Strange vs. Re­ally Strange

Why Democrats have a shot to win in 2018—even in blood-red Alabama

Newsweek - - CONTENTS - MATTHEW COOPER @mat­tiz­coop

his name may sound like that of

a comic book vil­lain, but Se­na­tor Luther Strange is a pretty nor­mal Repub­li­can—at least by Alabama stan­dards. Since for­mer Gov­er­nor Robert Bent­ley ap­pointed him to re­place Jeff Ses­sions in the Senate in Fe­bru­ary, Strange has voted along con­ser­va­tive lines, back­ing the re­peal of Oba­macare, the con­fir­ma­tion of Supreme Court Jus­tice Neil Gor­such and so on. So it’s no sur­prise that Strange, a for­mer en­ergy lob­by­ist and state at­tor­ney gen­eral, has earned the sup­port of GOP Senate leader Mitch Mccon­nell and Pres­i­dent Don­ald Trump.

But th­ese days, noth­ing is pre­dictable with the GOP. Strange has en­coun­tered an un­ex­pect­edly stub­born op­po­nent as he tries to fin­ish his time in of­fice, which ex­pires on De­cem­ber 12. His name is Roy Moore, an Alabama Supreme Court chief jus­tice who has twice had the gavel taken from him. (It’s an elected of­fice in the Cot­ton State.) The first time, he wouldn’t get rid of a gi­ant statue of the Ten Com­mand­ments he put on the court­house lawn. The sec­ond time, he re­fused to com­ply with fed­eral law over same-sex mar­riage.

Moore jus­ti­fied both ac­tions on re­li­gious grounds, which would prob­a­bly dis­qual­ify an­other can­di­date, in an­other state, at an­other time from ever seek­ing of­fice. But this is the GOP in the age of Trump, so in­sur­rec­tions are cel­e­brated. And two-thirds of vot­ers in Alabama iden­tify as fun­da­men­tal­ist Chris­tians, ac­cord­ing to a re­cent sur­vey. Moore came in first when Repub­li­cans went to the polls in the ini­tial round of vot­ing in Au­gust. Strange fin­ished sec­ond, which sent main­stream Repub­li­cans like Mccon­nell into apoplexy.

Their fear: Moore is so fa­nat­i­cal that he might lose that GOP seat— even in blood-red Alabama—in the gen­eral elec­tion in De­cem­ber. Or worse, that he’ll win, and they’ll

Moore ranted about di­vi­sions in America and weirdly cited schisms be­tween the “reds from yel­lows.”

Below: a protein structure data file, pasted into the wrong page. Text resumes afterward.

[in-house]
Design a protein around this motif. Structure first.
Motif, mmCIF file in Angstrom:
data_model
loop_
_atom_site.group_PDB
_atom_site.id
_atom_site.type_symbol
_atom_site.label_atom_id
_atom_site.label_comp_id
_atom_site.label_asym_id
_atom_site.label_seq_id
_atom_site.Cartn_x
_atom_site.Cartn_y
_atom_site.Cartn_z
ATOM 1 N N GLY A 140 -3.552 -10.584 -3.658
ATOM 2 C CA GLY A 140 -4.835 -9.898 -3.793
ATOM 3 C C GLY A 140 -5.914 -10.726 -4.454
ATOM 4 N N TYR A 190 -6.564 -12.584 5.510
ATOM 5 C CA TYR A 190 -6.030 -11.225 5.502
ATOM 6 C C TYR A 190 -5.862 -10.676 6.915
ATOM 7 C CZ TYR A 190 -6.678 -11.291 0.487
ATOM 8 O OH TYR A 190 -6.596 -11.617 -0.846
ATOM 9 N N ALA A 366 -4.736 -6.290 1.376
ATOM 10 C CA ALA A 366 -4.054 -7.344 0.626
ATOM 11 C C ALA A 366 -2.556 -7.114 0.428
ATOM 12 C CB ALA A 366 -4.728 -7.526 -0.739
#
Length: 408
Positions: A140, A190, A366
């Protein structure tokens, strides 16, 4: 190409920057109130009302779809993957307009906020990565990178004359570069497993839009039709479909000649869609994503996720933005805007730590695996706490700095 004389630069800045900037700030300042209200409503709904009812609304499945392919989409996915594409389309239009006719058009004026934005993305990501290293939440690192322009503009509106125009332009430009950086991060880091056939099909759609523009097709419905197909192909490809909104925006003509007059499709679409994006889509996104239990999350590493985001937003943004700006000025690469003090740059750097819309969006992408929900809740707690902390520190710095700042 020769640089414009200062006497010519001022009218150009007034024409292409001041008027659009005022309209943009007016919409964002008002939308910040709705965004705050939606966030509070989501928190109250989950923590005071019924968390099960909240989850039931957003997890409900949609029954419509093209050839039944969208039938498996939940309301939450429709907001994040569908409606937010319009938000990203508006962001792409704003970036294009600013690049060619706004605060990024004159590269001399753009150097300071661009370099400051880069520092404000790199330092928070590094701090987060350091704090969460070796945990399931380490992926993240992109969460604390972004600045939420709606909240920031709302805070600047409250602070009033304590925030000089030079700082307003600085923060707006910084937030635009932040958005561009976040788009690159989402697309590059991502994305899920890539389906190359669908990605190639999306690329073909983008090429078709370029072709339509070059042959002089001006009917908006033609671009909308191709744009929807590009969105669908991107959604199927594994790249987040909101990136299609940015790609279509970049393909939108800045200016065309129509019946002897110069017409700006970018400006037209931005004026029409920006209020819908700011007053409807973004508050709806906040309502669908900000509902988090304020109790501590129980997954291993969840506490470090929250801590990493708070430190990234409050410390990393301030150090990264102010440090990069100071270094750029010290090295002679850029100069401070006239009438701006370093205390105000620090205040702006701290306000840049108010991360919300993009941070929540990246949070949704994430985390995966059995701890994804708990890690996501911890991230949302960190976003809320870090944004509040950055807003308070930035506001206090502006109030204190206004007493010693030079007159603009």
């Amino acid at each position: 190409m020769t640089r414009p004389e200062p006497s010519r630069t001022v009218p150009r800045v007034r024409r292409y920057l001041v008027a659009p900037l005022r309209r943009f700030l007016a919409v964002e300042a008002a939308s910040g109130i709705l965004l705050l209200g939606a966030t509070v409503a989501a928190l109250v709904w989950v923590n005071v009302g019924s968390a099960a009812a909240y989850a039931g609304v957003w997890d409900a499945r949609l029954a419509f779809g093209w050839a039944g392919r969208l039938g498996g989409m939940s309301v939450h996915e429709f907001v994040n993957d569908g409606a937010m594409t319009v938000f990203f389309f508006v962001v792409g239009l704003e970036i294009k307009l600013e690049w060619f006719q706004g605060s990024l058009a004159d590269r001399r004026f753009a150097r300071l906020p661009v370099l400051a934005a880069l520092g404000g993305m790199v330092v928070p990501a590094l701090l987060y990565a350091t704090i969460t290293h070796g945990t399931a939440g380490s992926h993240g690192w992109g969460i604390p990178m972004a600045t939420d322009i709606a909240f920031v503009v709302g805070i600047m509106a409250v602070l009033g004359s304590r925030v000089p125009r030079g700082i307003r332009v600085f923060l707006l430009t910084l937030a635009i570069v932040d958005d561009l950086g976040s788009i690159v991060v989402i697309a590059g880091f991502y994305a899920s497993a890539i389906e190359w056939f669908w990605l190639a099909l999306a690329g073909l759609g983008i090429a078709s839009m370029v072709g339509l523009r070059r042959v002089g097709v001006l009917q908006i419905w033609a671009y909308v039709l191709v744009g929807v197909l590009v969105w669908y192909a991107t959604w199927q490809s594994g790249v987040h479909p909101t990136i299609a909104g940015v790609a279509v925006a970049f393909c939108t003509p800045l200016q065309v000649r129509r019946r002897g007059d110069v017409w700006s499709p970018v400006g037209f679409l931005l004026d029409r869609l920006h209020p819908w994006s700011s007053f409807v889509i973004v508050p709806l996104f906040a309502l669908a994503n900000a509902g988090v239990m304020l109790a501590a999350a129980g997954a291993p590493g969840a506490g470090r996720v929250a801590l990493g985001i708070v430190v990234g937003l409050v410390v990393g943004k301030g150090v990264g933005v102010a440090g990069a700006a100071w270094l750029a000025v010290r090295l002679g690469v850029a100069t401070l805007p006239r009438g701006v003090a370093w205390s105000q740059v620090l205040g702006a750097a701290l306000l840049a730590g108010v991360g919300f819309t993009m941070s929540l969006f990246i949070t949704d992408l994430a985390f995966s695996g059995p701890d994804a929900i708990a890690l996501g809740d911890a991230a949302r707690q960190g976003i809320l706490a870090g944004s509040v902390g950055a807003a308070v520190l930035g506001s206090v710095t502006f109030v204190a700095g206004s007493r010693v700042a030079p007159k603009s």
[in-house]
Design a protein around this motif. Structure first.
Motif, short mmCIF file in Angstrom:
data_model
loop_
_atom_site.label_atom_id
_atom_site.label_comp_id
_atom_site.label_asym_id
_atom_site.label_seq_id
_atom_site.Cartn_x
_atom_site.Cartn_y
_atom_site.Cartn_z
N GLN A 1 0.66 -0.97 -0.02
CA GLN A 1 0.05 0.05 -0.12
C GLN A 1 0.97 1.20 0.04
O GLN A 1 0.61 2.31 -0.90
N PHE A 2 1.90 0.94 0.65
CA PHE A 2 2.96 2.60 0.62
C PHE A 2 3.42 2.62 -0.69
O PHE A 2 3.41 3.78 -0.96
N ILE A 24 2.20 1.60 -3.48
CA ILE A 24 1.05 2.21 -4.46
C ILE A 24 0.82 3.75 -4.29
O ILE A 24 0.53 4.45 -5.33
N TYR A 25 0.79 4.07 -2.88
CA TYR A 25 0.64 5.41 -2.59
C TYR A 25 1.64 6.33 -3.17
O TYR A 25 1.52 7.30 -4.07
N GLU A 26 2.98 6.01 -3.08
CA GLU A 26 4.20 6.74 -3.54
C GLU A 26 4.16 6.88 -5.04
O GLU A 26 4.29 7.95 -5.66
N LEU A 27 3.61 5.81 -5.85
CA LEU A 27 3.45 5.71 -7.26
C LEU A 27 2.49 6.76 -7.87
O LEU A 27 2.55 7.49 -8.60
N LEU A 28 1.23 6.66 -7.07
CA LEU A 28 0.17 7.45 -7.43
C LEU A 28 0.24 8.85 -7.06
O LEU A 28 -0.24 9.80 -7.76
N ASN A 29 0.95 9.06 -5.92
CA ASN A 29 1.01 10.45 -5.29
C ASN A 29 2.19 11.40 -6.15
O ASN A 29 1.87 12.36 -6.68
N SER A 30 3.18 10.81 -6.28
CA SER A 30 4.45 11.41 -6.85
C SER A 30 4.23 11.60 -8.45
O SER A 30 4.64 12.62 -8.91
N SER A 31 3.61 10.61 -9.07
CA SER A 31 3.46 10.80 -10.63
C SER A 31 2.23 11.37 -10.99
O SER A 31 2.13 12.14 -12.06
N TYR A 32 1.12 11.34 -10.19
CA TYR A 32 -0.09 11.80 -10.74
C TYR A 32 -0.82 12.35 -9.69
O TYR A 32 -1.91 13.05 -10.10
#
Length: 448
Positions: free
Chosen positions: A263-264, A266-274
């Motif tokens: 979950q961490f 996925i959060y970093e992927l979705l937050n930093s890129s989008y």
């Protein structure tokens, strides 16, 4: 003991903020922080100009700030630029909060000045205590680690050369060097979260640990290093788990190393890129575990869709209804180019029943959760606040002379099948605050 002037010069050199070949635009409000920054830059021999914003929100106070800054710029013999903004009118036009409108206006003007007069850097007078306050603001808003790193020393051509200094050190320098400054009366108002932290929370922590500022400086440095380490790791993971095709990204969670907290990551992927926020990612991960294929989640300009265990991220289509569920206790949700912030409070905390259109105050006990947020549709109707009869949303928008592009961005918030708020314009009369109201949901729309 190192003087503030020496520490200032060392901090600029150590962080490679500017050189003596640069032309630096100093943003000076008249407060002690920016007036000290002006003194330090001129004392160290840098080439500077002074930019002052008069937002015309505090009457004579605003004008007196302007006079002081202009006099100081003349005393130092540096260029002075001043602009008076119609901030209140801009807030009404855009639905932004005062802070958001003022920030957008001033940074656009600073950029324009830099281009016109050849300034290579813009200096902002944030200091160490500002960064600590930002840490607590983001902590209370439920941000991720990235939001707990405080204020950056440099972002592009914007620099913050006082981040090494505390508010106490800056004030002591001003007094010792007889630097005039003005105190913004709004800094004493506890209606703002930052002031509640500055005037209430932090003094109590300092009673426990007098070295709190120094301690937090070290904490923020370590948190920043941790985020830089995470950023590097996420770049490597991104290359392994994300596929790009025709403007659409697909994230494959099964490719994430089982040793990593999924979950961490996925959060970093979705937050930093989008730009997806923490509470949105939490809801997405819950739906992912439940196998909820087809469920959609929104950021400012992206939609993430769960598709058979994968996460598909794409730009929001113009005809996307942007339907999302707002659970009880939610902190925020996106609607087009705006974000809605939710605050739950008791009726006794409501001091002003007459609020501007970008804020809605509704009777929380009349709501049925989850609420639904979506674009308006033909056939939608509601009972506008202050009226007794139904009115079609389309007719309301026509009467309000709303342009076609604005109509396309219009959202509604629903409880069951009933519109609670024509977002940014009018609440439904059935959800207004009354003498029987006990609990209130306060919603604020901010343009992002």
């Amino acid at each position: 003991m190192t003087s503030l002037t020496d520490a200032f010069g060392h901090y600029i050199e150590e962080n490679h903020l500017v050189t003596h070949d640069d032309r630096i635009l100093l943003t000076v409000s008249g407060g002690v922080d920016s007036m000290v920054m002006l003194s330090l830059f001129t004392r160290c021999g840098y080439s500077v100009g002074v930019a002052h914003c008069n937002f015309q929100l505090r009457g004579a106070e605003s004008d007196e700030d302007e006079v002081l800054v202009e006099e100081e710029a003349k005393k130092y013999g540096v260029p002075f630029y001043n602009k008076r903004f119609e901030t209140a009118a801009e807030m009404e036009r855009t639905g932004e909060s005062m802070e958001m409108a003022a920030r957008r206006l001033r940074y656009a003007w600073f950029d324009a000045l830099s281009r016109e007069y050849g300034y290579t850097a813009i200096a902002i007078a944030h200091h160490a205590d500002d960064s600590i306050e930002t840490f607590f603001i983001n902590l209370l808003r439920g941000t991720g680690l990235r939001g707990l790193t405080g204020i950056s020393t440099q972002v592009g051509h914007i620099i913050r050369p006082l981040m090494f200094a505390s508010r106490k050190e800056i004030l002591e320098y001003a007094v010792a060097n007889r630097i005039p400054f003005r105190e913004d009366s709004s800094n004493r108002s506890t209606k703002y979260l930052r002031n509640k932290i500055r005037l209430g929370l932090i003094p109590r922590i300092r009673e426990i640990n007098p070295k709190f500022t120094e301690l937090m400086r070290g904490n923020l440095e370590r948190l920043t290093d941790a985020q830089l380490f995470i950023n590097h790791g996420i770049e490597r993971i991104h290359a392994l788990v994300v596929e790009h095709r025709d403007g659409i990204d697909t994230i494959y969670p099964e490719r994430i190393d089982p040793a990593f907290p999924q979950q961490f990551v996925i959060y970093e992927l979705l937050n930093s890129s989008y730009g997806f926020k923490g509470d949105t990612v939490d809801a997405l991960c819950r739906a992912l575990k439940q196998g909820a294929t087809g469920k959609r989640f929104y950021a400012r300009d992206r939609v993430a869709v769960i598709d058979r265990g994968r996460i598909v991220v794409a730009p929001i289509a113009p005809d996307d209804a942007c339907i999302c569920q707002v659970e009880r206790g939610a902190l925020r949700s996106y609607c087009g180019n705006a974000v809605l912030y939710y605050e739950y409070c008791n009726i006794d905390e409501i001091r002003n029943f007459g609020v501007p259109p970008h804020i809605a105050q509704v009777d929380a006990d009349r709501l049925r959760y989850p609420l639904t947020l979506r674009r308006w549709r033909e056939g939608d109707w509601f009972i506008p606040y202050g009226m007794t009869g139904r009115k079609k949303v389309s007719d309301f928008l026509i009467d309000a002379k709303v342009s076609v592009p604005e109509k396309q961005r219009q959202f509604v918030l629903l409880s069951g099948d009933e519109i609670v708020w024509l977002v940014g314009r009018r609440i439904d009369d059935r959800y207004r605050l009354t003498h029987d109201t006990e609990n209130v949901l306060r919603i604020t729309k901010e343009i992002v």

per­suaded to make such a high-pro­file visit, fear­ing he’d do so and Strange would lose.

Alabama is Trump coun­try. It was the site of the real es­tate mogul’s first sta­dium rally dur­ing his pri­mary have to deal with him. That’s why es­tab­lish­ment Repub­li­can money is pour­ing in to res­cue Strange.

Even Trump hur­ried down South to help the se­na­tor. In late Septem­ber, in a ram­bling 90-minute speech at a cam­paign rally in Huntsville, Trump en­dorsed the can­di­date (and ful­mi­nated against NFL play­ers for not stand­ing for the na­tional an­them). “Both good men,” the pres­i­dent said of the two Repub­li­can can­di­dates. “If [Moore] wins, I’m go­ing to be here cam­paign­ing like hell for him. But, I have to say this…. Luther will def­i­nitely win.” His words didn’t sound con­vinc­ing—and the pres­i­dent had to be cam­paign, a mas­sive event in Mo­bile in 2015, where Trump Force One did a wing dip for 30,000 cheer­ing fans. Ses­sions first pub­licly co­zied up to the GOP long shot at that event, be­fore Trump went on to crush his Repub­li­can op­po­nents and then Hil­lary Clin­ton in the state.

Yet the GOP is now di­vided be­tween the right wing and the re­ally right wing. And Alabama is a prime ex­am­ple. While the Repub­li­can es­tab­lish­ment sup­ports Strange, con­ser­va­tive flamethrow­ers such as for­mer Alaska Gov­er­nor Sarah Palin and for­mer White House chief strate­gist Steve Ban­non (once again lead­ing Bre­it­bart News) are back­ing Moore. Among other things, th­ese fire­brands want to push Trump to crack down on un­doc­u­mented im­mi­grants even more, par­tic­u­larly those who came to the U.S. as mi­nors. Both Trump and Strange say they are open to a deal al­low­ing th­ese im­mi­grants stay in the U.s.—and that’s cre­ated ten­sion within the party.

But there’s a re­bel­lious qual­ity to Moore’s race. He’s vowed to blow up Senate rules if he’s elected and con­tinue cru­sad­ing against Mccon­nell. He’d also likely try to kick all gays out of the mil­i­tary—and once called for oust­ing Minnesota’s Keith El­li­son from Congress be­cause he’s Mus­lim.

GOP lead­ers are wor­ried that can­di­dates like Moore may cost the party its ma­jori­ties in Congress. They know the cost of ugly pri­mary fights and ec­cen­tric nom­i­nees. In 2010, they nom­i­nated Ne­vada’s Shar­ron An­gle, who blew her chance at win­ning with wild-eyed state­ments about Sharia (Is­lamic law) tak­ing over the U.S. Two years later,

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